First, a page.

In the bright red state of South Carolina – where Republicans control every statewide office, enjoy huge majorities in both chambers of the state legislature and hold all but one federal office – one member of the Grand Old Party isn’t faring so well.
In fact that’s a colossal understatement …
First-year chief executive Nikki Haley, the state’s so-called “Tea Party” governor, has an approval rating that’s more than ten points worse than the approval rating of Barack Obama – the most liberal president in American history.
According to a new Winthrop University poll, a paltry 34.6 percent of registered voters approve of the job Haley is doing – well below Obama’s 44.8 percent mark. Meanwhile 43 percent of voters disapprove of Haley’s job performance. Also, only a bare majority of Republicans – 52.5 percent – approve of the job Haley is doing.
Democratic political consultant Tyler Jones pounced on the awful numbers.
“It is no surprise that South Carolinians are starting to turn on Nikki Haley,” Jones wrote in a memo published shortly after the poll results were first reported by The (Columbia, S.C.) State newspaper. “She is an overly ambitious, headline-seeking, corrupt politician who thinks the voters of this state are too naive to see that every thing she touches turn into a scandal. She literally cannot go one week without screwing something up.”
“(South Carolina) thinks Nikki Haley is ‘a tabloid politician and has no concept of governing,'” tweeted former WACH TV 57 (FOX – Columbia, S.C.) news director Bryan Cox said in response to the poll.
Back in February, Haley slammed Cox’s station on Facebook after it aired a segment featuring this website’s founding editor.
“WACH FOX 57 is a tabloid news station and has no concept of journalism,” Haley wrote at the time.
That exchange is just one of literally dozens of missteps Haley has made since being sworn in back in January.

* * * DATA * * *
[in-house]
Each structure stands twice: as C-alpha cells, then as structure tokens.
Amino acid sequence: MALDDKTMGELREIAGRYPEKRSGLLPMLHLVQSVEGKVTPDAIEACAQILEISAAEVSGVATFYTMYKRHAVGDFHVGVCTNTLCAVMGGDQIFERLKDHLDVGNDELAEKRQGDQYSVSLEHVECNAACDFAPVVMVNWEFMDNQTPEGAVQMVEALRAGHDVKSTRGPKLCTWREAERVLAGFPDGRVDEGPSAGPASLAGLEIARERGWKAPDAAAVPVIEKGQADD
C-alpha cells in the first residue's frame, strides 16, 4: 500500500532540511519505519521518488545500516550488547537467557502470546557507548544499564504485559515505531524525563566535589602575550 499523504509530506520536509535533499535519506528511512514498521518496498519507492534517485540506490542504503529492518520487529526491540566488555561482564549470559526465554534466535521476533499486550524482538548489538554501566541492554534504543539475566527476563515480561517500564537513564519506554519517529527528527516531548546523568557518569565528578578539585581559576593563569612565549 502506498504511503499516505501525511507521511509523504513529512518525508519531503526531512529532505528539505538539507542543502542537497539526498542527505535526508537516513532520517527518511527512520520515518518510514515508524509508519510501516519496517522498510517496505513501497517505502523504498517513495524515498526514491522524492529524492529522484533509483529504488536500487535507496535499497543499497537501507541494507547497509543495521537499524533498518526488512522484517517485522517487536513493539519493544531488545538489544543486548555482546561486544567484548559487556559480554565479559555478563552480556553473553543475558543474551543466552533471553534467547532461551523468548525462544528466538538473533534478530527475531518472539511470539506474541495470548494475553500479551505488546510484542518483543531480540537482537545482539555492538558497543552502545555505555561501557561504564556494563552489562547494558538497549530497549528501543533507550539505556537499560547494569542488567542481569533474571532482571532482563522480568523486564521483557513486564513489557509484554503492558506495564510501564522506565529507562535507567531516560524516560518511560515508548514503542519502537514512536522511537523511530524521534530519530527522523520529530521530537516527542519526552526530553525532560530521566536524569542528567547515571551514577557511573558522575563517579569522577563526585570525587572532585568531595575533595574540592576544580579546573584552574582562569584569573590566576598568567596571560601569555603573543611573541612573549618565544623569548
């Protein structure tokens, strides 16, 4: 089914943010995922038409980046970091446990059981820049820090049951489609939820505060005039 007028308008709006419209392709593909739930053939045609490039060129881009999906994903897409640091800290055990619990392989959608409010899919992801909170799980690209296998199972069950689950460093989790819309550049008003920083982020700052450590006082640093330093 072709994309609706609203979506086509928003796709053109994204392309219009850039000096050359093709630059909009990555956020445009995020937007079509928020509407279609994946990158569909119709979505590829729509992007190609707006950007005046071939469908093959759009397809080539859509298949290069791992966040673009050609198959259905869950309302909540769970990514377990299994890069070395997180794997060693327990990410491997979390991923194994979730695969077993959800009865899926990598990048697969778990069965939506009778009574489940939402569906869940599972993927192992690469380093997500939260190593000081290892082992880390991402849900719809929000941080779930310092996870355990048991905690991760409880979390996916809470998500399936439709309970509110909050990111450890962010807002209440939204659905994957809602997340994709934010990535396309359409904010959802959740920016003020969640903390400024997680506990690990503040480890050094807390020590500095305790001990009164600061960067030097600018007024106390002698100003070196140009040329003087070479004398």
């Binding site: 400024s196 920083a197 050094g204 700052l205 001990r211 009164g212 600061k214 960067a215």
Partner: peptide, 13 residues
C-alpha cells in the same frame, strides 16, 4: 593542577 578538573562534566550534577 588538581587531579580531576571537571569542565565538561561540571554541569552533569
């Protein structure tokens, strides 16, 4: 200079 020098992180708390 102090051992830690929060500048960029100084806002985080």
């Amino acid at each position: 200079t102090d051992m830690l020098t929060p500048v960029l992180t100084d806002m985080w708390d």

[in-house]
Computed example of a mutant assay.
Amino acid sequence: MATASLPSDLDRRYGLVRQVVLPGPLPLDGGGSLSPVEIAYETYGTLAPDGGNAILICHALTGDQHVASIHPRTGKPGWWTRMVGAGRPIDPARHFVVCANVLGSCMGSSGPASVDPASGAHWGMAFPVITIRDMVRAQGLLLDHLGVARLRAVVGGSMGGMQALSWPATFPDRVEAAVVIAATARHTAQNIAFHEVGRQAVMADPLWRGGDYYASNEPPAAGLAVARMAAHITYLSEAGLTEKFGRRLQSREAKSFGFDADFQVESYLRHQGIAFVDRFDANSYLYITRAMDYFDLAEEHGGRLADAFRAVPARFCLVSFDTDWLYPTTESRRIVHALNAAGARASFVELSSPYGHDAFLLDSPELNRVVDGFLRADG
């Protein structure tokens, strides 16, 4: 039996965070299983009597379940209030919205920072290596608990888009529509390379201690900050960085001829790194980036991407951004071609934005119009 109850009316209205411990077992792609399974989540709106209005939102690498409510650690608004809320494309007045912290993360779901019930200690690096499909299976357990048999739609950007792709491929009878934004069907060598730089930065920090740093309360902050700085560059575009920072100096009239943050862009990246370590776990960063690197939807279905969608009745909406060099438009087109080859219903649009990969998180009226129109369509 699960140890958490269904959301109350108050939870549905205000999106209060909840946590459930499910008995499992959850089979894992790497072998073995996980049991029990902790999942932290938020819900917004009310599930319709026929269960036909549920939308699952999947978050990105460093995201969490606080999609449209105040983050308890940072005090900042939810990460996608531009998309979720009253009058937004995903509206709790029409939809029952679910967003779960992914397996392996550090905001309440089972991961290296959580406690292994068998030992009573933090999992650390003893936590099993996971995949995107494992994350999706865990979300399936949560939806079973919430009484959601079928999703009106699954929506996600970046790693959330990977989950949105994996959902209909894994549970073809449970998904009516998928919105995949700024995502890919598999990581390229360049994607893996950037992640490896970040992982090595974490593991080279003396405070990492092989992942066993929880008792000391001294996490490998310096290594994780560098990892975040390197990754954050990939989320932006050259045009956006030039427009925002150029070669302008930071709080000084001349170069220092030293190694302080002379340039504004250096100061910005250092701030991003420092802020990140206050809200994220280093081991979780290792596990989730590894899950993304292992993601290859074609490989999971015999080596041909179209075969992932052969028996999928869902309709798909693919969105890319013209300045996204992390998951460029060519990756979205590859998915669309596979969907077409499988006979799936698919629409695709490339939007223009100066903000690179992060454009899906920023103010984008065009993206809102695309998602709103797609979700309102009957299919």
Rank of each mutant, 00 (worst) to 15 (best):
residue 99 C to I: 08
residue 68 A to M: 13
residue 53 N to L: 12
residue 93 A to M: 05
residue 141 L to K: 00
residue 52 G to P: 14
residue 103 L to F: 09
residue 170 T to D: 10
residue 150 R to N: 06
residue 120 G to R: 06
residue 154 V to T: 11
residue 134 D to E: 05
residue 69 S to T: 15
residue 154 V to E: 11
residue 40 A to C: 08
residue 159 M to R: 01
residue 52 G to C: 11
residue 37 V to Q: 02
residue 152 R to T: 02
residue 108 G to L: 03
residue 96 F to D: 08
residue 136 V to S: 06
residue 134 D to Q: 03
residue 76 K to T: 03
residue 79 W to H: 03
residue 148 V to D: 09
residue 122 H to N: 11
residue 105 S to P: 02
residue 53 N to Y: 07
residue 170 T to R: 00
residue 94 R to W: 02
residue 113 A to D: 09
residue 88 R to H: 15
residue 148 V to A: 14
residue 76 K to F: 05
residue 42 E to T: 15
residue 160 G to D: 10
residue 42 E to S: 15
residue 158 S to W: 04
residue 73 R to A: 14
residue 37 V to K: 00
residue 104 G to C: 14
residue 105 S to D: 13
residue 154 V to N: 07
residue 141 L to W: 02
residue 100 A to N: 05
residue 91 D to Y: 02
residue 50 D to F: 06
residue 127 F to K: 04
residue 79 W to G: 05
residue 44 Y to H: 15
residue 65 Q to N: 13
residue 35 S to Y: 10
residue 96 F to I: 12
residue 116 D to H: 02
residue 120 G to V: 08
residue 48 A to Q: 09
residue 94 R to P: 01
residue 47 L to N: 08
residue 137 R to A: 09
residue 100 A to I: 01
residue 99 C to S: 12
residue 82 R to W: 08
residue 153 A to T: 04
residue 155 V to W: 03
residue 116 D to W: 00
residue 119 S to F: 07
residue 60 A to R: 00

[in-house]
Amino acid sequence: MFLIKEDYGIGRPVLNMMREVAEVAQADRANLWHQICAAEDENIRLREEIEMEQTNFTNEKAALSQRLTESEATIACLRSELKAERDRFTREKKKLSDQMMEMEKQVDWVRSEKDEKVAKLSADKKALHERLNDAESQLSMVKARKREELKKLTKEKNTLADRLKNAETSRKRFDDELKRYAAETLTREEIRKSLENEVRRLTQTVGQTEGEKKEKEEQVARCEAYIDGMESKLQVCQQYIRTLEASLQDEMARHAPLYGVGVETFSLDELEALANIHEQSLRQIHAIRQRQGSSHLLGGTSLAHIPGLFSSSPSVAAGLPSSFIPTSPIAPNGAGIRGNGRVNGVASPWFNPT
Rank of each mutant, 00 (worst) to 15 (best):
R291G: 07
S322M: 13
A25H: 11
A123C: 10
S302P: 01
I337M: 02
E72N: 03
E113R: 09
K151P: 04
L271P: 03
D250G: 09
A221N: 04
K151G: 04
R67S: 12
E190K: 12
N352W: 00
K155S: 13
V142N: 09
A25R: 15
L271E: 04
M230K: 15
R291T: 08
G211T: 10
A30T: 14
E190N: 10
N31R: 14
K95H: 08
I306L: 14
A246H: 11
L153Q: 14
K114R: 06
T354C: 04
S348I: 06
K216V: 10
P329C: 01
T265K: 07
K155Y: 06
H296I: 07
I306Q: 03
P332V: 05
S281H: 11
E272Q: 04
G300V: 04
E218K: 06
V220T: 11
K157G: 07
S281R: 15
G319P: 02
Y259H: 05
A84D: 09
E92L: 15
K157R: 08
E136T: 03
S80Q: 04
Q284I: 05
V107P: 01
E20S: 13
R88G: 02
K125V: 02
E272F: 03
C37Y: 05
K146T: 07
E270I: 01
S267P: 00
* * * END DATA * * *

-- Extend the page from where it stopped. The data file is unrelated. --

After only eleven months in office, Haley’s numbers are already worse than those recorded by former S.C. Gov. Mark Sanford on his way out of office. As most Americans are painfully aware, Sanford’s political career imploded in the summer of 2009 when he acknowledged having an extramarital affair with his Latin lover Maria Belen Chapur. The former governor managed to stave off impeachment and serve out the remainder of his term, but the scandal – and Sanford’s disastrous handling of it – significantly eroded his public support.
Whereas Sanford limped out of office, Haley limped in – narrowly defeating Democrat Vincent Sheheen despite the fact that the election was held in one of the most pro-Republican years in recent memory.
Despite their misgivings, though, most South Carolinians seemed willing to give the new governor a chance – as indicated by a Public Policy Polling (PPP) survey taken in eary February.
According to that poll, 36 percent of voters approved of the job Haley was doing compared to only 24 percent who disapproved. Forty percent of the state’s electorate was undecided.
In late May, a poll done by Haley’s Maryland-based political consultant Jon Lerner showed the governor doing very well – enjoying a 57.5 percent approval rating among all voters and a 74 percent approval rating among Republicans. However this internal survey – which was released just as Haley’s unproductive first legislative session was winding down – was viewed by most politicos with suspicion.
“They were bluffing lawmakers,” one source familiar with the release of the survey tells FITS.
Two weeks later, in early June, these suspicions were confirmed when a new PPP poll showed Haley with a 42 percent approval rating. Three months after that, in early September, Haley’s approval rating had dipped down to 41 percent – with 43 percent disapproving of her job performance.
Obviously things have continued to erode … which isn’t surprising given the recent flood of scandals involving Haley ( including the already infamous “Savannah River Sellout“).
Can the young governor turn things around?
Sure … although she’s highly unlikely to do so prior to the Palmetto State’s “First in the South” presidential primary, which is being held on January 21.
Haley has pledged that she will endorse one of the Republicans running for president. In fact, she’s promised to do so prior to the Iowa Caucuses on January 3, 2012.
Conventional wisdom has Haley backing former Massachusetts Gov. Mitt Romney, although prior speculation had her backing former Minnesota Gov. Tim Pawlenty (who has since dropped out of the race) and Texas Gov. Rick Perry (a one-time frontrunner whose campaign has since imploded).
Clearly Haley’s endorsement isn’t the draw it once was. In fact it may even be a liability.
“If I’m Mitt Romney or Newt Gingrich, I’m telling Nikki Haley to stay the hell away from my campaign, before she destroys that, too,” Jones said.
The Winthrop Poll was taken between November 27 and December 4. Its margin of error is plus or minus 2.9 percent.